The ‘Cow’ Mural Touch-up at Natural Grocers
The original artist, Melanie LeGendre, nee Thomson-Myers, was commissioned by Jeff Cates, owner of the Furniture Barn, in October 2000 to paint the mural. According to Ms. LeGendre, “The business was having trouble getting visitors because it was set back off the street, so we figured a huge graphic could, and really did, help. There are so many cars on Milton – Mr. Cates needed to get their attention.” Years later, the Furniture Barn moved across town and Flagstaff’s Natural Grocers moved in. LeGendre has since moved to Scottsdale where she enjoys a successful art career but declined the opportunity to repair the mural. Project Administrator for the City’s Community Design and Redevelopment Program, Mark Di Lucido stated, “Because the cow is so well known and appreciated and because the building owner declined to repaint it, the city’s BPAC directed staff to spend BBB funds to touch her up.” Originally, the mural depicted a three story high cow popping from the wall with a drop shadow, flanked by several cows grazing in a beautiful green pasture. When Natural Grocers purchased the building they decided to repaint it. The city asked them to preserve the cow, which they did, but Natural Grocers opted to paint over the meadow and shadow portions of the original mural.
Today, the Mural Mice, authors of the Route 66 mural on Phoenix Avenue, are taking a short break from fundraising for the “Sound of Flight” mural at the Orpheum Theater to lend their talents to this project. “The Mural Mice were hired first and foremost because they are terrific artists and because they understand the economic and community building aspects of public art. They’re also proficient in appropriate techniques and materials needed to make sure the existing and newly painted surface work to recreate the original artist’s vision,” said Di Lucido. The mural is suffering from natural aging, which includes fading and some pealing. The reconstruction of the mural will take a little less than a week and should give the mural a fresh new face and a minimum of ten more years.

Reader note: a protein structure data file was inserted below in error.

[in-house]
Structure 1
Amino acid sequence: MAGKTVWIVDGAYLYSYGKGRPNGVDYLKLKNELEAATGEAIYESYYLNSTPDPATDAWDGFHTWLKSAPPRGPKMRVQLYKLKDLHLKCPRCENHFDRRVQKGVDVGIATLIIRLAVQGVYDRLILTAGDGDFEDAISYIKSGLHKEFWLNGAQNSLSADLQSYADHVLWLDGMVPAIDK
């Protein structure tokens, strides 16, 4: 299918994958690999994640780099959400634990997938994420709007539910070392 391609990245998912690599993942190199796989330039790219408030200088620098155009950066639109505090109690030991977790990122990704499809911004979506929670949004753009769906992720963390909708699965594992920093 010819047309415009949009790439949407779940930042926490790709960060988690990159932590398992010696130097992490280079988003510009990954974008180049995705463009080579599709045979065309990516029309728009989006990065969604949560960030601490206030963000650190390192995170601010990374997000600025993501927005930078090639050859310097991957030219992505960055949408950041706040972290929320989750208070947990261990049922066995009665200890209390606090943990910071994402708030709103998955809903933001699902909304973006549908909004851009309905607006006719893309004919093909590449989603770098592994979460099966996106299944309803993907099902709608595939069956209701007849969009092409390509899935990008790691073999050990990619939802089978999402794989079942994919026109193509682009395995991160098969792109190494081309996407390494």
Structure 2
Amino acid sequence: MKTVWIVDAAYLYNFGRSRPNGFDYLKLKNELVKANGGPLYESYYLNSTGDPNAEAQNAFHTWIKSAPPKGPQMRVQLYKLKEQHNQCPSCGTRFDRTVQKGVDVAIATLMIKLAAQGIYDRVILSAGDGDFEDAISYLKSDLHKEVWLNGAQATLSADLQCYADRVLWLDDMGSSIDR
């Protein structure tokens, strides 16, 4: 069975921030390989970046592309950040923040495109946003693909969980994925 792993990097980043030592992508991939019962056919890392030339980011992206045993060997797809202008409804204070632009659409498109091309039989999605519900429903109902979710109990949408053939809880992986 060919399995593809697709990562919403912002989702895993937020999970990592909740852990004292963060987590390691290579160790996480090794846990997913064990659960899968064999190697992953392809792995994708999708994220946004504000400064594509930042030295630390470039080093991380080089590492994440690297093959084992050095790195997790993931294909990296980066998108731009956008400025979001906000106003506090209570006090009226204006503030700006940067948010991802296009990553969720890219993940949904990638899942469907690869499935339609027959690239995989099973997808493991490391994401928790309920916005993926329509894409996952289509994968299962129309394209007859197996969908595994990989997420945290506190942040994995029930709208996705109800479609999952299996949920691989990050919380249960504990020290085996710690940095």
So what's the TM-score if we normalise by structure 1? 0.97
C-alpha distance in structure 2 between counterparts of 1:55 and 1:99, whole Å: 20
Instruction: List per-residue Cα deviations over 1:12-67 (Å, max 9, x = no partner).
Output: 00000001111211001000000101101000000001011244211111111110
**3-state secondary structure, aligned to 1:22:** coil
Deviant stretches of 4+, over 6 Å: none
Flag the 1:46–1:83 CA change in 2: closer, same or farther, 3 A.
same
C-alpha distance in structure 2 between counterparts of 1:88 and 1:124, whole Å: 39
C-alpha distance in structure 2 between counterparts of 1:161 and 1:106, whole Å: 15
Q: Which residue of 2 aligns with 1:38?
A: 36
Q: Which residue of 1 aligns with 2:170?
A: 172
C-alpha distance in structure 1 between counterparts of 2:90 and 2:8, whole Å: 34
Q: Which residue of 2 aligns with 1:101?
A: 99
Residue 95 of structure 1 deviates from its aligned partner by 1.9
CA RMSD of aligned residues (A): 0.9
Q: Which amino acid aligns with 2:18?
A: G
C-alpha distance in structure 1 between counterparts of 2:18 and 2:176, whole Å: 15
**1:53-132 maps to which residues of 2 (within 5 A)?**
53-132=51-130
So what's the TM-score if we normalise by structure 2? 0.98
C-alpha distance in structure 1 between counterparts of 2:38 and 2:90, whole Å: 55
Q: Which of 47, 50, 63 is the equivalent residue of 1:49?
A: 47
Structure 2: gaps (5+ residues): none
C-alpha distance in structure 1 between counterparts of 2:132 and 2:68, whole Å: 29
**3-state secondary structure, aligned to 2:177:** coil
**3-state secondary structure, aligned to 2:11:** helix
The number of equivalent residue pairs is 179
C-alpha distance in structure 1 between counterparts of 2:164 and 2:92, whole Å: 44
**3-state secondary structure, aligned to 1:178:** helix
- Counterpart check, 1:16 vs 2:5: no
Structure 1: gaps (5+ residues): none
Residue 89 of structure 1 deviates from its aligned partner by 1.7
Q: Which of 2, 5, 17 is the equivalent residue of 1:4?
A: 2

Sound of Flight Mural
Flagstaff artist Sky Black and Mural Mice, R.E. Wall and Margaret Dewar, are joining forces to place a mural of enormous proportions on the east-facing exterior wall of the Orpheum Theater. The first half of the piece depicts the climax of a song as a diverse flock of birds rise spectacularly from the glowing recesses of a grand piano. The second half depicts the birds soaring over the Grand Canyon into a brilliant sunset. Together, the two sides make one enormous mural.
On a wall measuring 4,500 square feet, the “Sound of Flight” mural is an ambitious project. That is why veteran muralists R.E. Wall and Margaret Dewar of the Mural Mice are lending their talents and community leadership experience to the cause. The project began in 2014 and will continue through 2015. Work on the second half of the mural is expected to begin again in July.